As you can see, working on your mental game is something that takes time and effort, just like learning martial arts techniques and building up strength. Fortunately, sports psychology is not a new field and there are many experts in the field that are both active bloggers and have a strong social media presence. So if you want to expand your knowledge on this topic, feel free to look up a few experts online and find a few useful books.
Give our BJJ program a go and experience the improvements to all of these fields. It is considered to be an excellent first style where the skills are easily transferable.
"Really helpful and friendly marital arts centre. Hi guys I'm a taxi driver and have had instances where I've been THREATENED I was after a place where I can learn some helpful life skills that if in case needed will save me from bad guys. I have just recently started with training with David and Steven they are really friendly and helpful and understood my requirements to configure a self defence course for me. Im really glad that I m now part of this incredible martial arts centre everyone at the centre is really friendly and helpful I was made feel very comfortable by everyone I highly recommed joining this centre for anyone in a likely situation thanks guys"
"Dave is a skilled, and super friendly instructor. He runs an awesome program at ICC. You'll be safe, and happy to train here. Highly recommended!"
"Our oldest son Patrick has been training BJJ under Mario for 2 years and our middle boy Jack has just started Karate Jitsu. I cannot speak highly enough of him, the difference he has made in their lives is enormous. I'd recommend him to anyone looking to get their kids into martial arts."
"A place that is welcoming and warm. My child loved it from day 1. Professional warm instructor's. Thank you for your kindness and professionalism."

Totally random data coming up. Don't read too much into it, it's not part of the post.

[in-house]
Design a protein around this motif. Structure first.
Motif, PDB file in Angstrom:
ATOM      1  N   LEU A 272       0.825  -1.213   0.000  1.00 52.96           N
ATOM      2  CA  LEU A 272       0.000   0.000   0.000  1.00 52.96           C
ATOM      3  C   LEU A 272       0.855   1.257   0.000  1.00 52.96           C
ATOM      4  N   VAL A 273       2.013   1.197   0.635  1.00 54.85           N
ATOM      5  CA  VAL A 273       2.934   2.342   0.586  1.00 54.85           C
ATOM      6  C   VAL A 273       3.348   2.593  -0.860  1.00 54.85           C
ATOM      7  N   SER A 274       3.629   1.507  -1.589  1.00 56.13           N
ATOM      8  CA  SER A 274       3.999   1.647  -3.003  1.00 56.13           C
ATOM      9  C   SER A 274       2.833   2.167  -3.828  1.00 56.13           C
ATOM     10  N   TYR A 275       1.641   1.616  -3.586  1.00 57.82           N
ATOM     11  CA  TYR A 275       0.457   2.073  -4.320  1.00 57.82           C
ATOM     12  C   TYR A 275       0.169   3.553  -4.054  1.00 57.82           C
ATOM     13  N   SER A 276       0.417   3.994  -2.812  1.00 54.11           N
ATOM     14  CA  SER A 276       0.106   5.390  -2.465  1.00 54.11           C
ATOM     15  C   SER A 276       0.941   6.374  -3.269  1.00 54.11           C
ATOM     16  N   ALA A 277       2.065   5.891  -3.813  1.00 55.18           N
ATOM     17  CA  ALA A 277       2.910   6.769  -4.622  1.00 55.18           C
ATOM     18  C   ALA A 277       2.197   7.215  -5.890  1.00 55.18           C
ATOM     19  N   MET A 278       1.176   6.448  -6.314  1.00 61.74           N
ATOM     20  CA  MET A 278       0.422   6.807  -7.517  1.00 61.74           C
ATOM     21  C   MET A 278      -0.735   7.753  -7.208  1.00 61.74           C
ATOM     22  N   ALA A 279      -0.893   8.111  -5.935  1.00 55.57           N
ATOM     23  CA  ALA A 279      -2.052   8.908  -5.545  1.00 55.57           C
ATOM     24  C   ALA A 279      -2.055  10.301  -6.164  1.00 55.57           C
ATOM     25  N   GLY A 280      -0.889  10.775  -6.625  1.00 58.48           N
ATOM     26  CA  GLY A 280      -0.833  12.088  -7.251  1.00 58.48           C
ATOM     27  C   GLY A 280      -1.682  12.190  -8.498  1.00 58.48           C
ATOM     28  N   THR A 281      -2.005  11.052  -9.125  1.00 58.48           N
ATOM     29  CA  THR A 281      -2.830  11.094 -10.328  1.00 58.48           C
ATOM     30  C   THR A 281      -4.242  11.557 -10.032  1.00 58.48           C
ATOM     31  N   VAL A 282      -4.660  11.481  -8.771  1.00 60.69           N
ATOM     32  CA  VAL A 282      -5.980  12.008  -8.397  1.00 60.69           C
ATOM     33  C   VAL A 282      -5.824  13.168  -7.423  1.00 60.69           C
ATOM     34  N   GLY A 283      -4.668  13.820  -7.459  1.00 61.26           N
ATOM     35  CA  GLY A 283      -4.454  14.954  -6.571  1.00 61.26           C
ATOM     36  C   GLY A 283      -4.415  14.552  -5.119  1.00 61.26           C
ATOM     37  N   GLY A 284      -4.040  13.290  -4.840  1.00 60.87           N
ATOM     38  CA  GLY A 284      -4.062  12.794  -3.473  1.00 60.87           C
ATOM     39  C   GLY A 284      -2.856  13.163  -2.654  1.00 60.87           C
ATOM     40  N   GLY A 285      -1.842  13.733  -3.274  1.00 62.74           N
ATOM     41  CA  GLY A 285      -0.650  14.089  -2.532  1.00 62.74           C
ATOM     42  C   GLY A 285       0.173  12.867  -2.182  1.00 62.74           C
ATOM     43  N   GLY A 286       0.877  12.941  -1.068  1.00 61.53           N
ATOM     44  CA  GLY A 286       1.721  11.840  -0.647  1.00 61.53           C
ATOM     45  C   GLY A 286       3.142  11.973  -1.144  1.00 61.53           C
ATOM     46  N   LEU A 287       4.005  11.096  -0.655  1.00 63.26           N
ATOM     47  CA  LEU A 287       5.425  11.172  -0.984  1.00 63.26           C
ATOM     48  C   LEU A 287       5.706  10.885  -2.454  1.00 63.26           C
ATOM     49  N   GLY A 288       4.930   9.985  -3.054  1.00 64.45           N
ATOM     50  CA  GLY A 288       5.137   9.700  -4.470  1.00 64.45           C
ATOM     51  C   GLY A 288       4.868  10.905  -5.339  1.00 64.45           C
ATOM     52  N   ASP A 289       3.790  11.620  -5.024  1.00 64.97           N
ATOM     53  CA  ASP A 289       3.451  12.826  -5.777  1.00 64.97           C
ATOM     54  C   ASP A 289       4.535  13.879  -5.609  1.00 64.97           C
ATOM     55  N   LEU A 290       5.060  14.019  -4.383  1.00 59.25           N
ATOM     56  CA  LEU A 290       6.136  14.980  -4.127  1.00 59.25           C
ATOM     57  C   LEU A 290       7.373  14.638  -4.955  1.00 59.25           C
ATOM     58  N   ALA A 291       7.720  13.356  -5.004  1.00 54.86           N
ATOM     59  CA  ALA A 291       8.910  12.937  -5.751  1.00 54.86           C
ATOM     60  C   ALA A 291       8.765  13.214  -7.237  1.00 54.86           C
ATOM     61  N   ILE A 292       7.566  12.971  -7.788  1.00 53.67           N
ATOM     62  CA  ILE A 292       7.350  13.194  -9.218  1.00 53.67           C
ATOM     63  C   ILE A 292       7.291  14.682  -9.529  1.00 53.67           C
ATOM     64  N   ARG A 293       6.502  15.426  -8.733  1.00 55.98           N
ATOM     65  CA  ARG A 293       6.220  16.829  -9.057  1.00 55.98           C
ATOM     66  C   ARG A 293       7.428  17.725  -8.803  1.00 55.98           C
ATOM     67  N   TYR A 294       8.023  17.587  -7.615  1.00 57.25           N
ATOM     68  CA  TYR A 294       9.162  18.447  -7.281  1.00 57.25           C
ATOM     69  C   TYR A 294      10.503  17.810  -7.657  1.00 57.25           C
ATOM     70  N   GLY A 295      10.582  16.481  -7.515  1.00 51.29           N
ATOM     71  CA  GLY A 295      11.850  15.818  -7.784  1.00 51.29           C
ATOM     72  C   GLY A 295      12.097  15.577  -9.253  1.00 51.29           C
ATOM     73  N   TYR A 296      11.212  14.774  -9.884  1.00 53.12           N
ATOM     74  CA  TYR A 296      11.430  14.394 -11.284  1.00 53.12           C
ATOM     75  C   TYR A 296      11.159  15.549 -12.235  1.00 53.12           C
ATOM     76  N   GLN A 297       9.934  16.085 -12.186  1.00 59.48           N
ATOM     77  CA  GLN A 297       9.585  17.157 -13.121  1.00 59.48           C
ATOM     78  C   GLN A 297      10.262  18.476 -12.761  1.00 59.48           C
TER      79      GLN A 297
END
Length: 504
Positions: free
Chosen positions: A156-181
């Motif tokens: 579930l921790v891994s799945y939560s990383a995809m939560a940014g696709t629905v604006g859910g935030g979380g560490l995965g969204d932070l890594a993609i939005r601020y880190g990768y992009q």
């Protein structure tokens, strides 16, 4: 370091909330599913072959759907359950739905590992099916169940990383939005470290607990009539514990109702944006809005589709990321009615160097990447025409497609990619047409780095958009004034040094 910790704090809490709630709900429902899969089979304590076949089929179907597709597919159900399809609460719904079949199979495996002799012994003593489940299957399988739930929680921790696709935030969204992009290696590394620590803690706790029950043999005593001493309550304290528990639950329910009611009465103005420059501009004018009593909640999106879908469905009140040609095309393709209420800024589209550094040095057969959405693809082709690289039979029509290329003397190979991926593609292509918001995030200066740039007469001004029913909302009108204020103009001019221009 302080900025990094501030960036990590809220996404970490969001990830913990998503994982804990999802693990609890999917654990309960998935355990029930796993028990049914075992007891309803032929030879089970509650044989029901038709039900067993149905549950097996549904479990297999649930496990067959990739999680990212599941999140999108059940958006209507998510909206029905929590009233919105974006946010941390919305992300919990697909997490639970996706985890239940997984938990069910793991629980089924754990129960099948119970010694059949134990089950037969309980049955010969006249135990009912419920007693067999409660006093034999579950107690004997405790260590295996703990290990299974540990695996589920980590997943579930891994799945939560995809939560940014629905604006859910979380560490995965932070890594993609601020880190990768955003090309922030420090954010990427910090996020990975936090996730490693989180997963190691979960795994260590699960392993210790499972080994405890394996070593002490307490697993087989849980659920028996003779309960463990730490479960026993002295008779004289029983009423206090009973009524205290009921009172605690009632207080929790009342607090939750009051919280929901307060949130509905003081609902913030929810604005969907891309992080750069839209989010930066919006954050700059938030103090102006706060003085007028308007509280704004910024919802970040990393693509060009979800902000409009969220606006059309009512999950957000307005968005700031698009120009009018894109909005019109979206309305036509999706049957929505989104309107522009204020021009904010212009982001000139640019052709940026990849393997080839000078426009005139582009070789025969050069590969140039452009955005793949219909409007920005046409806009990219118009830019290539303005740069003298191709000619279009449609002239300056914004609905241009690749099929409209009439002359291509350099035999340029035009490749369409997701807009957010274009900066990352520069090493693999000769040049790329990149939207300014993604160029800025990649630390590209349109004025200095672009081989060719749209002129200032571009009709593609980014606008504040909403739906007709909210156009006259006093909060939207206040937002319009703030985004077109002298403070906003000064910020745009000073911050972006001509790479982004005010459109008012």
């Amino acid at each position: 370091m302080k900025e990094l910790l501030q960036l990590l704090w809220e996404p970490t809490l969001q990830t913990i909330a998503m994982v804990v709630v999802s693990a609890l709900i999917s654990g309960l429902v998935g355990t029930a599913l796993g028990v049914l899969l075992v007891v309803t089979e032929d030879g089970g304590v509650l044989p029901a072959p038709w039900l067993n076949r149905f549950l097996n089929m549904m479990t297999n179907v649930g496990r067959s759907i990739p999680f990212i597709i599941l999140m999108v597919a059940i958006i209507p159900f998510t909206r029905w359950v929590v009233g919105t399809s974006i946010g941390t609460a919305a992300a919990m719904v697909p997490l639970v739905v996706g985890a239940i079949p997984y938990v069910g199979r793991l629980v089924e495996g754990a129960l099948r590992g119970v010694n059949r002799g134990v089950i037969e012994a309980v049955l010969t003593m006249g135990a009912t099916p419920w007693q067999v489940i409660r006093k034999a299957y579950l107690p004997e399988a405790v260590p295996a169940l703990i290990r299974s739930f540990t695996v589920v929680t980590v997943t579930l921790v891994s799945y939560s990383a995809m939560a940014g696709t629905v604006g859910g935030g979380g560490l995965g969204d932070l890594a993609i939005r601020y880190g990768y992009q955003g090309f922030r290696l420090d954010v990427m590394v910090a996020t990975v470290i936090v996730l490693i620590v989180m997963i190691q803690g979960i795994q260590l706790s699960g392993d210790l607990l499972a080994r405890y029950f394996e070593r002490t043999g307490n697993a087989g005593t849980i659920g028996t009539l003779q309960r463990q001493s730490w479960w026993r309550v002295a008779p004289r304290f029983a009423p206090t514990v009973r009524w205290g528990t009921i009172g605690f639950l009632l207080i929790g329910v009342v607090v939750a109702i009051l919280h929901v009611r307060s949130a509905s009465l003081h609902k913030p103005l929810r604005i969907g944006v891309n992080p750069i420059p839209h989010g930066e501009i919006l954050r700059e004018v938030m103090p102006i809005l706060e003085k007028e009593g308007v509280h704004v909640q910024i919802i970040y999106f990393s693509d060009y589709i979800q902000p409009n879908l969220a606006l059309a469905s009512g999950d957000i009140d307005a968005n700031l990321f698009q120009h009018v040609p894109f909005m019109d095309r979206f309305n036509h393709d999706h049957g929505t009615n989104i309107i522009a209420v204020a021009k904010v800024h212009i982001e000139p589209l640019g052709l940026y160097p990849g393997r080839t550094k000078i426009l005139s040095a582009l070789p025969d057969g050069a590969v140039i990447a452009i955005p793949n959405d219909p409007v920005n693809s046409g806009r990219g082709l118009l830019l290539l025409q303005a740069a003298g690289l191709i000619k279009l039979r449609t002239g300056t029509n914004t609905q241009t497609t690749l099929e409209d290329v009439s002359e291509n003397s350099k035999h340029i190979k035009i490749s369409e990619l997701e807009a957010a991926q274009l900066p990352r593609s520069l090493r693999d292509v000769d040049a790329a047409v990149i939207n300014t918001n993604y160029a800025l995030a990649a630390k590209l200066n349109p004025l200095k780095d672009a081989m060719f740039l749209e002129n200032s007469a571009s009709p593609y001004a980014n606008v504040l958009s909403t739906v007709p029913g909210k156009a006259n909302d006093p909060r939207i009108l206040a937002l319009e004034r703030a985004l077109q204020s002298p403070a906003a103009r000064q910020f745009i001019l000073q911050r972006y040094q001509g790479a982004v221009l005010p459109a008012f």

"The instructors at ICC are competent, friendly and professional but that’s not entirely why I chose to join and bring my 3 kids (2 girls and a boy) along. There are plenty of martial arts gyms with disciplined instructors but very few with the right culture and family oriented approach that make it easy for a parent to entrust their children with ICC in teaching them such an important life skill. For an old man like me and for any anyone else for that matter, the senior students have gone out of their way to pass on their skills without any condescending ego, it’s part of their journey to learn and to give back. I feel like the ICC philosophy rings true in that everyone is welcomed at ICC irrespective of their background and/or athletic ability. One final stand out for me is the large membership of girls and women in the club. As a father of 2 teenager daughters and a Girls Development Officer at a local football club it's very important for me to see the right culture is established to encourage female participation. Highly recommended."